Hands on: Jabra Vox earphones

June 30th, 2013 | by Alfred Siew
Hands on: Jabra Vox earphones


Earphones are sold like magazines these days. If they don’t look good next to dozens of other colourful, attention-grabbing rivals on a rack, they have no chance of selling well.

Jabra’s Vox earphones will do well certainly in the looks and build departments. The elaborate box holding the headphones is fit for any gadget, while its promise of a solid “life-proof” build certainly doesn’t disappoint.

The cord is made of a non-slip material that avoids being tackled up and “stuck” together. A nice magnetic clip also lets you easily hold together the ear buds to avoid a messy tangle when you pack the earphones off for a trip.


Like its very well-made Jabra Sport, Jabra has applied its industrial design well with the Vox. The ear buds themselves come in a soft rubber material that fits snugly in the ears without being too “hard” on them. The angled design helps make these among the most comfortable – yet fitting – earphones I’ve tried.

For folks who are using the Vox on their smartphones, the earphones come with a microphone, so you can answer calls when they come in. A small, discrete remote controller hangs on the side to let you control your music playback as well.

Both features work with Android phones as well Apple iOS devices. I tried the Vox on my Samsung Galaxy S4 and the remote controller handled phone calls and music playback flawlessly.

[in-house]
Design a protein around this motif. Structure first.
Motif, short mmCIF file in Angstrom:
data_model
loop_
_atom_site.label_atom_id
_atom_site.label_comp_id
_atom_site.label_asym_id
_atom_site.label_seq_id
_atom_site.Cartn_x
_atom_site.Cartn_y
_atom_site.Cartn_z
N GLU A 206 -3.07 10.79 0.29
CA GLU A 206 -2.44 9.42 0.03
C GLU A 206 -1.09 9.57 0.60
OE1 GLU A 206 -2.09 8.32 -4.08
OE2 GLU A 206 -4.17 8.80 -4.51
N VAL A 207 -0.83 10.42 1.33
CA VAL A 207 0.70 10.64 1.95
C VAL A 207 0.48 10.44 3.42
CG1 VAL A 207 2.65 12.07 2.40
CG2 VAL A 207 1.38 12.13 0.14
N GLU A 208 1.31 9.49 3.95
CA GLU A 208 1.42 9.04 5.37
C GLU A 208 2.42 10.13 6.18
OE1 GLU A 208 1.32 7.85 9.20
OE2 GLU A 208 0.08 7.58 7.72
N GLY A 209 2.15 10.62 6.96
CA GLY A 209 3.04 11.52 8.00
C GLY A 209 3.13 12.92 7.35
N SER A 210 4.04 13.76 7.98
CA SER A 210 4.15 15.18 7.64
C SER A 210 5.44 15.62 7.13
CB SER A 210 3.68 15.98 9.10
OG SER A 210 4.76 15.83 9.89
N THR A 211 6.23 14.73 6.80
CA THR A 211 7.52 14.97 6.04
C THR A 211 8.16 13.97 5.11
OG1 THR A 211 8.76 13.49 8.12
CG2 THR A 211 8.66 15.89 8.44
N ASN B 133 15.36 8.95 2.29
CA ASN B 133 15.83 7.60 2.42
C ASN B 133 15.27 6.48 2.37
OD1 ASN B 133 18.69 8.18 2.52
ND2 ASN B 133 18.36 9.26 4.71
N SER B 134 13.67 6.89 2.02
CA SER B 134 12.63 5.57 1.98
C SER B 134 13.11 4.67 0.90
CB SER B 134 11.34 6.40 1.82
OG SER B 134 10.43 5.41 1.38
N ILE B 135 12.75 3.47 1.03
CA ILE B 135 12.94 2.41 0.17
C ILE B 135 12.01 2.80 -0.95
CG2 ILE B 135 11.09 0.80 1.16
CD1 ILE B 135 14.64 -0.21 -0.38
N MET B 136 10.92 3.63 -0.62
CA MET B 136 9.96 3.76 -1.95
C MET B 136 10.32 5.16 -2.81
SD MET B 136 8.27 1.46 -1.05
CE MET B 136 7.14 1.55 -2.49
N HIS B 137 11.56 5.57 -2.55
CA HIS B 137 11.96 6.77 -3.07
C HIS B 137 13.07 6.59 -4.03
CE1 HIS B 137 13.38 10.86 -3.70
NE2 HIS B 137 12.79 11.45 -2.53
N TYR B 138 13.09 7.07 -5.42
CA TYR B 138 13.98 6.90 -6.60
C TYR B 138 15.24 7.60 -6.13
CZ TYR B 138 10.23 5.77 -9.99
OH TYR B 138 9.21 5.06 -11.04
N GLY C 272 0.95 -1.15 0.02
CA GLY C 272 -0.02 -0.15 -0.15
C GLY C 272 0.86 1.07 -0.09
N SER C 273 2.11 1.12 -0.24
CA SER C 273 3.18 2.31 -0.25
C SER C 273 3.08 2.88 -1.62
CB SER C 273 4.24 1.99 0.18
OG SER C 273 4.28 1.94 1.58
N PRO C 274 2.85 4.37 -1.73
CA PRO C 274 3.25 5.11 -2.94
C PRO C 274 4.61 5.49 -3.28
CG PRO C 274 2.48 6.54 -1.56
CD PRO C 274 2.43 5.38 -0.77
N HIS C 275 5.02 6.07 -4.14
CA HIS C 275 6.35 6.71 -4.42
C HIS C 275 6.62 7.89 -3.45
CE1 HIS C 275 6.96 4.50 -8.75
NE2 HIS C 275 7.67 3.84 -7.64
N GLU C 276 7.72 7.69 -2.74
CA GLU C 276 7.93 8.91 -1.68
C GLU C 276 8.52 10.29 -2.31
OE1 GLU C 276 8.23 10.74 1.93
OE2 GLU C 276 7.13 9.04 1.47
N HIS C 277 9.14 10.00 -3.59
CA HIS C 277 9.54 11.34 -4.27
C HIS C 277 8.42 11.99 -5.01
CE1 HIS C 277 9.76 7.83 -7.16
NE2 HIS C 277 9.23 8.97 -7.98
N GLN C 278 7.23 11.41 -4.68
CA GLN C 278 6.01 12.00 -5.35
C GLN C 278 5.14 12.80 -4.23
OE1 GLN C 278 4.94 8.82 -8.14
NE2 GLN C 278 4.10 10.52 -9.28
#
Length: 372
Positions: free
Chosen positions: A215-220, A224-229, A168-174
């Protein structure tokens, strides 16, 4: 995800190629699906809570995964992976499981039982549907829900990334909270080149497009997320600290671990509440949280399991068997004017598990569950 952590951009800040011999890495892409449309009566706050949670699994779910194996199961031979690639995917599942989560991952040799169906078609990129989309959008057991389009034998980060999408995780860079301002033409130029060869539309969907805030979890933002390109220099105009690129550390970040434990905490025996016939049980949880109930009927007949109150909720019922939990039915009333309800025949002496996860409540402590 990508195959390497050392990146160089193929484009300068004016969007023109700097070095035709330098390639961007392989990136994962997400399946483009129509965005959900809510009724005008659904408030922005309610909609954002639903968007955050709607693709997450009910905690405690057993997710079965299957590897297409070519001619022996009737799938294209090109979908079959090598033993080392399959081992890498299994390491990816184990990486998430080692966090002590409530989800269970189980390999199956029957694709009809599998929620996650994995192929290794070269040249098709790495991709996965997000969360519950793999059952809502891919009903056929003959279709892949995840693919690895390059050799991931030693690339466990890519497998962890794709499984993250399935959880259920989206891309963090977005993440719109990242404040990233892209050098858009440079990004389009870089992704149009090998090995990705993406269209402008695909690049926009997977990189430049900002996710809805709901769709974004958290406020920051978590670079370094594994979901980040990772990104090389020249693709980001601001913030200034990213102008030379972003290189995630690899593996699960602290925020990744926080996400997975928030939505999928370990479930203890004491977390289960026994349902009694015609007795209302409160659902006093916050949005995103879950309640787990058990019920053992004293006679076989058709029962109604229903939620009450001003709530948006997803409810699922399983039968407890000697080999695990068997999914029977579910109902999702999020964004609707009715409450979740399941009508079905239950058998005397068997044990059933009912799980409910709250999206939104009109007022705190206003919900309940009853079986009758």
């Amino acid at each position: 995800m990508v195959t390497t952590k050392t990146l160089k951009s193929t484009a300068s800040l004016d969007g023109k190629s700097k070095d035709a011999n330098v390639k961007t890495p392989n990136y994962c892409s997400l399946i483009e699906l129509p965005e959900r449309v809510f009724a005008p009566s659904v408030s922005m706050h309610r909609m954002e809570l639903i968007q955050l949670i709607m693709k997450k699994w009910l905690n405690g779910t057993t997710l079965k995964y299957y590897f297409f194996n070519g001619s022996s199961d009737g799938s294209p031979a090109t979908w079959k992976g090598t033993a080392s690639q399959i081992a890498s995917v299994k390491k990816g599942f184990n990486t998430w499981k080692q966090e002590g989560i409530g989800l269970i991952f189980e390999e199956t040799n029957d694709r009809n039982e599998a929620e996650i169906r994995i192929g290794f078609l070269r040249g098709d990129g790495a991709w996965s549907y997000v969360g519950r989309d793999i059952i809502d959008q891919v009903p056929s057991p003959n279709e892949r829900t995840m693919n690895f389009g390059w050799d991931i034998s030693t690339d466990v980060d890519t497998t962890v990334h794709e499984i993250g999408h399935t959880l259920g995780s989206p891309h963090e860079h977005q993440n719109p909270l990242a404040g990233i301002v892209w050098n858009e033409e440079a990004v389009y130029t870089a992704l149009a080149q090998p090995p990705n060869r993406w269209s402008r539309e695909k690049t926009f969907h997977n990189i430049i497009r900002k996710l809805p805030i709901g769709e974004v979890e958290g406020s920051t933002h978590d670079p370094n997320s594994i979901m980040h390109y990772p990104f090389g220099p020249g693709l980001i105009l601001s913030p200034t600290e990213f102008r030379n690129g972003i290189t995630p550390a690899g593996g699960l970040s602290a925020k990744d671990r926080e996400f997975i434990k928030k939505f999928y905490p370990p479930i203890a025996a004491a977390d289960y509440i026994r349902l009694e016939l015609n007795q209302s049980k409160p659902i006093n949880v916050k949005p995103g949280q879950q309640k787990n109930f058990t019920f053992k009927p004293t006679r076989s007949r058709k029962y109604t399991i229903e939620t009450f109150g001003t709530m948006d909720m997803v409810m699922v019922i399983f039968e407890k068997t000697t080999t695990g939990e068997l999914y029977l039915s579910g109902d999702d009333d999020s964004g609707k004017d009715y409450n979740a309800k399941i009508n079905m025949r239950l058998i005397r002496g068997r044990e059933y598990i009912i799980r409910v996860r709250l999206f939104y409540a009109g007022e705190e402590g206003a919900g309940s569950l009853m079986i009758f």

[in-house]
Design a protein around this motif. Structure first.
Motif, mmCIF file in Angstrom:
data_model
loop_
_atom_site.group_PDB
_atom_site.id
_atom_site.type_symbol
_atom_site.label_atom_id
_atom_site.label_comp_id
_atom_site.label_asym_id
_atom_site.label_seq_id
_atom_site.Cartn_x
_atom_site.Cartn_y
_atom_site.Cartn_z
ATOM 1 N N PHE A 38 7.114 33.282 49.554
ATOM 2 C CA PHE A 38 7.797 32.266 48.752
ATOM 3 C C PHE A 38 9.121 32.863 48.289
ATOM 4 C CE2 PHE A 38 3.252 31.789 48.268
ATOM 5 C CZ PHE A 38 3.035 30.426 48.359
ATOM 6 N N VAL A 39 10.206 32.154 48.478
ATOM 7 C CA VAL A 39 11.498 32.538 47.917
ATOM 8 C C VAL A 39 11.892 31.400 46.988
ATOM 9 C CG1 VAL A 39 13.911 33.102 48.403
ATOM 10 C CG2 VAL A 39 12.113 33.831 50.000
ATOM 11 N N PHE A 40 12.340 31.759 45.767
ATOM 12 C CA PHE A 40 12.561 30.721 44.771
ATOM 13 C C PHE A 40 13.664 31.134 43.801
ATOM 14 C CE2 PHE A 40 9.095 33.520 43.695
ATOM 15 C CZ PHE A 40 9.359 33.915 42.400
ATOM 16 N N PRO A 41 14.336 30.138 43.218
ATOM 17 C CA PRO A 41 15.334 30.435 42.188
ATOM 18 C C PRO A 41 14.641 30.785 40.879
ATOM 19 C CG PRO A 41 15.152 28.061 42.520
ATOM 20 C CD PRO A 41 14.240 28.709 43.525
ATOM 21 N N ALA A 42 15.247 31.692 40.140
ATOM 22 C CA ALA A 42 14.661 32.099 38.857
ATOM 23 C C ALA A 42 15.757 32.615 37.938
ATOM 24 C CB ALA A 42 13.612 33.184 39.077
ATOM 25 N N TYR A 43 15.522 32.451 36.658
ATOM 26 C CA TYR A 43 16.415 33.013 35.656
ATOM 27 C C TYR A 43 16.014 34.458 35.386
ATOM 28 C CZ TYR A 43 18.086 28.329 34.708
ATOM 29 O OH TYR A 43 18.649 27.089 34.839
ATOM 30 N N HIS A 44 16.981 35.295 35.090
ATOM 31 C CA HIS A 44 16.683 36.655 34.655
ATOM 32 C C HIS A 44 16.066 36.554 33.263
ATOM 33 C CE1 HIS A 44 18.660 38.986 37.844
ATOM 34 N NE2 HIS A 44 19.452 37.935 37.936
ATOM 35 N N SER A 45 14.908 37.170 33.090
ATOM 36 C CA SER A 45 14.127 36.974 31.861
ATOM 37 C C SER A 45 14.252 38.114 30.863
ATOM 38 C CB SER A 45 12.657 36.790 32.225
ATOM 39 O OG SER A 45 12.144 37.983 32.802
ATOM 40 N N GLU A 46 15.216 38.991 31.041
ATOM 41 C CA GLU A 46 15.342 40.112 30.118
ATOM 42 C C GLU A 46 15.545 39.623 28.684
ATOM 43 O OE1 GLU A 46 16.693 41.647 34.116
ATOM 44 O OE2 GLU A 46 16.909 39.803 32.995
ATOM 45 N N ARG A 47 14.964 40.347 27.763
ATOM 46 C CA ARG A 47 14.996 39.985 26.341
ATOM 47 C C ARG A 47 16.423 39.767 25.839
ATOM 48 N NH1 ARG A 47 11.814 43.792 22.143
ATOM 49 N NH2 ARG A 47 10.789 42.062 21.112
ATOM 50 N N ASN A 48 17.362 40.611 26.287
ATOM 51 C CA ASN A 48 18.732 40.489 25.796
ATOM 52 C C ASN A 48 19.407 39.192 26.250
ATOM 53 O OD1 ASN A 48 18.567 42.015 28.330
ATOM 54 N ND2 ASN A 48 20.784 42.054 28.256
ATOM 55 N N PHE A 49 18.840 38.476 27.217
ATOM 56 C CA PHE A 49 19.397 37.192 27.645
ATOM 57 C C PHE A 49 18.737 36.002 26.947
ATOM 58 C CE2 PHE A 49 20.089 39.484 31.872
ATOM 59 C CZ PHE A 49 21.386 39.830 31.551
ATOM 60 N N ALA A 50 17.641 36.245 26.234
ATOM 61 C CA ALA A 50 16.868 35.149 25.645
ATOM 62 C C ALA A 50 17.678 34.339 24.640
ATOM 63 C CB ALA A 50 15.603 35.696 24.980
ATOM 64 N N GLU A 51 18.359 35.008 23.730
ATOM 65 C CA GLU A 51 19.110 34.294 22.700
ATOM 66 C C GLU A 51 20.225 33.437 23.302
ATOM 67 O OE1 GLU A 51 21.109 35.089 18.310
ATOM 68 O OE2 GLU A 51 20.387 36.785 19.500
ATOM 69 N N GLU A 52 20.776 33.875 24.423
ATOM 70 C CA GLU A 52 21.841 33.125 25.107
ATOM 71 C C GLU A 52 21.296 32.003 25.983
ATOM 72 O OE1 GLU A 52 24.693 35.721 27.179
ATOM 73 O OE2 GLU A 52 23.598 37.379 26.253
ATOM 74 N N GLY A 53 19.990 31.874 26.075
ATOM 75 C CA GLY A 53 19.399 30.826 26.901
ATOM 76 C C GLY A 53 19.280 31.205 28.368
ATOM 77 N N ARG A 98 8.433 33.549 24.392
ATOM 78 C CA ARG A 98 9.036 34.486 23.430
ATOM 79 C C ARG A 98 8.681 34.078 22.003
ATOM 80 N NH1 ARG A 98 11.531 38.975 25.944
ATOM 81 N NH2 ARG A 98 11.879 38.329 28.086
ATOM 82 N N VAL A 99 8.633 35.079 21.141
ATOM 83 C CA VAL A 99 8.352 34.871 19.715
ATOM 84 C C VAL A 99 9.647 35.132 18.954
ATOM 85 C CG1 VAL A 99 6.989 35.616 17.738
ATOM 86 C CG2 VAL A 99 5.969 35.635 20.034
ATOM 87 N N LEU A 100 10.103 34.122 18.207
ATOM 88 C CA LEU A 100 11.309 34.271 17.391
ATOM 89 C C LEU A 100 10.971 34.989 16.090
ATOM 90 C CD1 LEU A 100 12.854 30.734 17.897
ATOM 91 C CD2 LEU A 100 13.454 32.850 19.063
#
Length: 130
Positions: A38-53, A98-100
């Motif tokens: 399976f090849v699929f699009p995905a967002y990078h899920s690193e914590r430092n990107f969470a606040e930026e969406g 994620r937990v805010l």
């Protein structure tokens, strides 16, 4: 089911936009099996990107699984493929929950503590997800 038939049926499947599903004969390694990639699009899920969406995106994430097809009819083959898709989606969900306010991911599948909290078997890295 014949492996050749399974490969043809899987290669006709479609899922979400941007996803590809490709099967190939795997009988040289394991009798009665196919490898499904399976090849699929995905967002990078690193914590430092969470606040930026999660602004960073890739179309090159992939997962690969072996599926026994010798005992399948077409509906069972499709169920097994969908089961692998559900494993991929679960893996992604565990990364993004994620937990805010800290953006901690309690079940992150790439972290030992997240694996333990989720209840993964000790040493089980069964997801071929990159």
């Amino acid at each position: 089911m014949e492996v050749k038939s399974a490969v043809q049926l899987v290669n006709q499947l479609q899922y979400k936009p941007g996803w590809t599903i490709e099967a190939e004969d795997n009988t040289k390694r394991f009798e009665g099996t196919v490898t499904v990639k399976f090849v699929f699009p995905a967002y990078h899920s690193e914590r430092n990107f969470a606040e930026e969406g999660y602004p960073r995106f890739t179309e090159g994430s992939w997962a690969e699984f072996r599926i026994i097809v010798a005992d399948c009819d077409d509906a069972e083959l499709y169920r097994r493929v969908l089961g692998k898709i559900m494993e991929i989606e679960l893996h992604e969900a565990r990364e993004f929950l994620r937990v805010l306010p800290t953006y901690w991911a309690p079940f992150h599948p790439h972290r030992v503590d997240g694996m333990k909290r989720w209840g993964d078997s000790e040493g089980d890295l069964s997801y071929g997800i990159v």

Up until here, I’d give the Vox a definite “recommend” rating. As a lifestyle product, it is appealing in its looks and build and works as advertised.

The only issue – and this is an important one for audio fans – is the sound. In the Vox, Jabra has made bass a priority and it shows, perhaps too much.

You can argue that this is the “street” sound which accompanies cool earphones these days, but I feel this makes a piece of music a little unbalanced.

If you’re thinking of playing Black Eyed Peas, for example, the bass may or may not be to your liking. The already bass-heavy tracks could be accentuated to the point where the music sounds bloated. Not something I’d like on a long jog.


A Jabra app that you can download lets you control the sound using an equaliser. But you have to be careful with it, because the default settings, which bring with it Dolby Digital audio, can make the bass even more intense.

And this is not punchy, tight bass. Very often, the small drivers in the earphones just seem to be forced to go “lower” than they are capable of. The result, at times, is muddy, lacking detail.

That’s not to say the app is bad. As a music player designed specifically for Jabra earphones, it can sometimes make some tracks sound fuller and create a presence that is otherwise lacking. One track that I liked better with the Jabra app turned on is a Cai Qin song that a friend recommended, which I don’t listen to much, unfortunately.

On the whole, I don’t like to tweak a sound using software. In that sense, I’d say you have to listen to the Vox before buying it, just so that you are fine with the sound. Personally, I’d rather it to be neutral. The bass can be tighter too.

Having said that, I really like the Jabra’s build and ergonomics. If the Vox’s audio were more to my preference, it’d be easier to recommend these S$148 earphones.


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